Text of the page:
Managing Incubation Temperature

There is a critical relationship between embryonic temperature, hatchability and chick quality, explains Marleen Boerjan of Pas Reform.
calendar icon 16 January 2012
clock icon 4 minute read

As a breeder flock ages, the number of 'clear' (infertile) eggs increases as a result of decreased fertility and increased early mortality. Consequently, with higher numbers of clear eggs, a higher proportion of the heat produced by developing embryos in the fertile eggs is absorbed by the 'cold' clear eggs placed around them.

Embryonic temperature in the fertile eggs is reduced by a combination of the air flowing over them, together with the 'redundant' loss of heat absorbed by the clear eggs. To achieve optimum embryonic temperature in this scenario, we can compensate for the heat 'lost' to cold, clear eggs by increasing the temperature of the warm air flowing over the eggs.

The temperature of the air flowing over the eggs is governed by the incubator's temperature set-point. If air temperature is either too high or too low, the incubator controller adjusts cooling or heating rates respectively, until temperature set-point is reached.

When there are more than an average number of clear cold eggs positioned between developing fertile eggs, incubation temperature should be raised accordingly – in line with rates of fertility and early mortality in each particular batch of eggs. Estimates for these rates per different flock ages should be available in the hatchery's reference data, or in the breeder's management manual.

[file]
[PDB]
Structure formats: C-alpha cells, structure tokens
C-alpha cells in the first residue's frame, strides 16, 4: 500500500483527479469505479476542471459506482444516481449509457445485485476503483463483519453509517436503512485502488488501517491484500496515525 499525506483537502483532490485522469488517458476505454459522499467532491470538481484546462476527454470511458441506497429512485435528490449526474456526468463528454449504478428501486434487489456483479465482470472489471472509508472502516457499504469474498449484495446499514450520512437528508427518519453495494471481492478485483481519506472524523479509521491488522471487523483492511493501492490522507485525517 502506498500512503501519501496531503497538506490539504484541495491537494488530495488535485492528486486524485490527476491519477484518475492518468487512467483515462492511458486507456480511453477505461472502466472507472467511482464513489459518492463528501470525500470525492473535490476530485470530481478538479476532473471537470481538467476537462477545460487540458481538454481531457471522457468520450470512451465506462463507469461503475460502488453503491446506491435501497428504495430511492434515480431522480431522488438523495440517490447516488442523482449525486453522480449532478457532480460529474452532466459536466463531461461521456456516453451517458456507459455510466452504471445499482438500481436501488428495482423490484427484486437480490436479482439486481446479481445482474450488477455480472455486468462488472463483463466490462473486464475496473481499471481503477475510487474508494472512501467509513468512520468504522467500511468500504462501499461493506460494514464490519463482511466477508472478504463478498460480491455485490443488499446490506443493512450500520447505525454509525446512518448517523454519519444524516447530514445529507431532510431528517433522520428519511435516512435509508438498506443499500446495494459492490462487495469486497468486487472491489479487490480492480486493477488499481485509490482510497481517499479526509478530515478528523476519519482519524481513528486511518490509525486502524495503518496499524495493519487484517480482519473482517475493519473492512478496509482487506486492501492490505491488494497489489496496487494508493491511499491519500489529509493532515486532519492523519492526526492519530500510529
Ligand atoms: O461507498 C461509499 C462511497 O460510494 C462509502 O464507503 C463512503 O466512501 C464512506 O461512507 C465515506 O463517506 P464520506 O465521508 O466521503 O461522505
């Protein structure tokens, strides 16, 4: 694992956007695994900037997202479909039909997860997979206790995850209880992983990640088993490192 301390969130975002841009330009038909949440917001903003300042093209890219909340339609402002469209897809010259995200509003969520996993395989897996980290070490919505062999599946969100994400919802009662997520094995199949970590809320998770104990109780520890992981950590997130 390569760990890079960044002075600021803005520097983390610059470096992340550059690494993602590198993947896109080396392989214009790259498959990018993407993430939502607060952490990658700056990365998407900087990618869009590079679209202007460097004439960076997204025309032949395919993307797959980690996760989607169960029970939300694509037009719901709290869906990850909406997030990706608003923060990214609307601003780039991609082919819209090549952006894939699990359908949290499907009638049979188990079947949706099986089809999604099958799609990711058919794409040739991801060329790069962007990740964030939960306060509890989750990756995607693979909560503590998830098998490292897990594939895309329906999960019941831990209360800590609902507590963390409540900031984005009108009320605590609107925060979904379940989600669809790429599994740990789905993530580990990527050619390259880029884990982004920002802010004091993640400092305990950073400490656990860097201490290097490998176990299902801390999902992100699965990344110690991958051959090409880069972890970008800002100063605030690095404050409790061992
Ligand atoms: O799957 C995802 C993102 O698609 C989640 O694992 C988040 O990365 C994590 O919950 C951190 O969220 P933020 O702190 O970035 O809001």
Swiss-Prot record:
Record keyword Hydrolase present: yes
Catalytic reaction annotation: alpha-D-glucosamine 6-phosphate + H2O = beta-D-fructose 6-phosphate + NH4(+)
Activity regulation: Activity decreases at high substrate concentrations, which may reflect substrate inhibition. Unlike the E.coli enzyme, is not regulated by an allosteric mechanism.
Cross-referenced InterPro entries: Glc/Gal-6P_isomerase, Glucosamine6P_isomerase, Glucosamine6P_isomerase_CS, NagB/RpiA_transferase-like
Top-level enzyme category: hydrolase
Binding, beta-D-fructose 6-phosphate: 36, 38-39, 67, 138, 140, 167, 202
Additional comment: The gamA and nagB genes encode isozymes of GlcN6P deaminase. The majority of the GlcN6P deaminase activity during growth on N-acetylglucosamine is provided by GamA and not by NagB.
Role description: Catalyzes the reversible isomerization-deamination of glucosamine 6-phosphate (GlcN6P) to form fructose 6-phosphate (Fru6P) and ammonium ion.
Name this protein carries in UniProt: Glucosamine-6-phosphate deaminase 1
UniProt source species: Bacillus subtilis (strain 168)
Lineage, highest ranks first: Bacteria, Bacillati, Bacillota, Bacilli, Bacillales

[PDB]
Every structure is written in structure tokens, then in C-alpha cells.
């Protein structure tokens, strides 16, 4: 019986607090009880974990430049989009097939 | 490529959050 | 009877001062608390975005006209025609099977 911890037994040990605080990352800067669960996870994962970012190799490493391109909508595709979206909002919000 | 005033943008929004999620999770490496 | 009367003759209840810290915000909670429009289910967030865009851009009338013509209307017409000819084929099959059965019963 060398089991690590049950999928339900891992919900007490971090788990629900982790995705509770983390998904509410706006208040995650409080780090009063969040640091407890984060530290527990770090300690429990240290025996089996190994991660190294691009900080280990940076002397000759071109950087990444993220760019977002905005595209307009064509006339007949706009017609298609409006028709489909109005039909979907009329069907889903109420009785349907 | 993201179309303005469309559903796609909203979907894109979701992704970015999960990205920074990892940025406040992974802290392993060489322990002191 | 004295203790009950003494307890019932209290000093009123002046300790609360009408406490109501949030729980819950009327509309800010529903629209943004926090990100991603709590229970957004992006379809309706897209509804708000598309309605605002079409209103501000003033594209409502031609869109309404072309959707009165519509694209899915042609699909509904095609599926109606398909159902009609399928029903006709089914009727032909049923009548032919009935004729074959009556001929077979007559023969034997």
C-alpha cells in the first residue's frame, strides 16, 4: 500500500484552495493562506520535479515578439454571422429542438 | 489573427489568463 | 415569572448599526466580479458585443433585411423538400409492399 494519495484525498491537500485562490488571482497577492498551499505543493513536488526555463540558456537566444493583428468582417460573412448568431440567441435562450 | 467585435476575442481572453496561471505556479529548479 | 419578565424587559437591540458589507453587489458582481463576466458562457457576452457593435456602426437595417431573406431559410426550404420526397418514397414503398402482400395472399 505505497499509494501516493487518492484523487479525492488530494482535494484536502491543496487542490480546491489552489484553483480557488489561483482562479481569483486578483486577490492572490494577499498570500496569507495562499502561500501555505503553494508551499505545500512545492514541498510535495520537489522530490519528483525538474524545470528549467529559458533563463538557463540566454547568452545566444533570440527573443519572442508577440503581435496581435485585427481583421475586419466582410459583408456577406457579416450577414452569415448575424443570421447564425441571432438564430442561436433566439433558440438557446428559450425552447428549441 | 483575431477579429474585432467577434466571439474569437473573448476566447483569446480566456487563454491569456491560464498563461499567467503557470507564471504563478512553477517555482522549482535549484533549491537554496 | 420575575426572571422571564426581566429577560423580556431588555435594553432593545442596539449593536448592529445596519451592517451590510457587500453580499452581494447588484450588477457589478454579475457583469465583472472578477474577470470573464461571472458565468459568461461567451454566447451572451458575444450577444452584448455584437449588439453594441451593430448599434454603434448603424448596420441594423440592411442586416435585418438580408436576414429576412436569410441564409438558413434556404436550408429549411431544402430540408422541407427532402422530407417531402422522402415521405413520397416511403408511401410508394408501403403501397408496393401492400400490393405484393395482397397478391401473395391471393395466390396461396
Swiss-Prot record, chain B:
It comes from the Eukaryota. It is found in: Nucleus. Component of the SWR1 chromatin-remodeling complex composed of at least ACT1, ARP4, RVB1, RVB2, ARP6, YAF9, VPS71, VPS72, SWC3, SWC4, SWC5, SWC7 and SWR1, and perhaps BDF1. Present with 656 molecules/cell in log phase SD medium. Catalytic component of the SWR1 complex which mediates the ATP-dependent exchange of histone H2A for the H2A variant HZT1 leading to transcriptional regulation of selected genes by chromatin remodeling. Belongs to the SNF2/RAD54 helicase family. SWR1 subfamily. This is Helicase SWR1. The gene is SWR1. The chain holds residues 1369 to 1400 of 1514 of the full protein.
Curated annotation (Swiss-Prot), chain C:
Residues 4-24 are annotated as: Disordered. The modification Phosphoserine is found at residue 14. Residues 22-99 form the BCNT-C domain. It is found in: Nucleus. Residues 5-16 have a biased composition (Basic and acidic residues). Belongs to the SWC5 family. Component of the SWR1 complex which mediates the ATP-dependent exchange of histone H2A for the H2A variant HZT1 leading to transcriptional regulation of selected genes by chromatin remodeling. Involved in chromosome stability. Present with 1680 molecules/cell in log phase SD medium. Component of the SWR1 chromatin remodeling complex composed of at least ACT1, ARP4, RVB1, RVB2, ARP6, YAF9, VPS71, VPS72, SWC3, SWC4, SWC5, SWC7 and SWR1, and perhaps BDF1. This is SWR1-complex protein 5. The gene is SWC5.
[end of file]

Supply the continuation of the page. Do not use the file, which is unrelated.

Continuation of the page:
The hatchery manager knows that there is a critical relationship between embryonic temperature, hatchability and chick quality. Incubation temperatures that are set too low will result in increased mortality and a higher number of hatched chicks with a full belly.


  • Routinely record, per batch of eggs, the percentage of clears, the hatchability of eggs set and hatchability in transferred eggs.
  • Estimate the expected percentage of clears per batch of eggs. Adjust set points accordingly if this is less than 75 per cent (more than 37 clear eggs/tray).
  • Identify the natural patterns of egg shell temperatures throughout incubation. During the first 12 days, optimum shell temperature is 37.8±0.1°C (100±0.2°F), followed thereafter by a gradual increase to 38.4 to 38.6±0.2°C (101.1 to 101.5±0.4°F) on day of transfer.
  • Define optimum incubation temperatures by measuring the egg shell temperatures of a representative sample of eggs, randomly chosen from different trays in the incubator.
  • Analyse random egg samples and use chick quality as a reference, especially if egg shell temperatures cannot be measured regularly.
  • Consider increasing incubation temperatures if the air cell of dead-in-shell chicks is too small but first, ensure that this is not caused by relative humidity being too high in the incubator.
  • Increase incubation temperatures if day-old chick quality indicates too low an incubation temperature. This applies if fewer than 50 per cent of chicks have a fully closed normal navel and 20 per cent have a thick belly (large yolk sac), upon detailed analysis of chick quality (Pasgar©score).
  • Perform a detailed analysis of chick quality (Pasgar©score), to avoid reaching accidental conclusions when incubation temperatures are too low.

Optimum incubation temperatures for a batch of eggs with 65 to 75 per cent fertility (yellow line) and 85 to 95 per cent fertility (blue line) to achieve optimum egg shell temperatures (yellow dotted line)

January 2012
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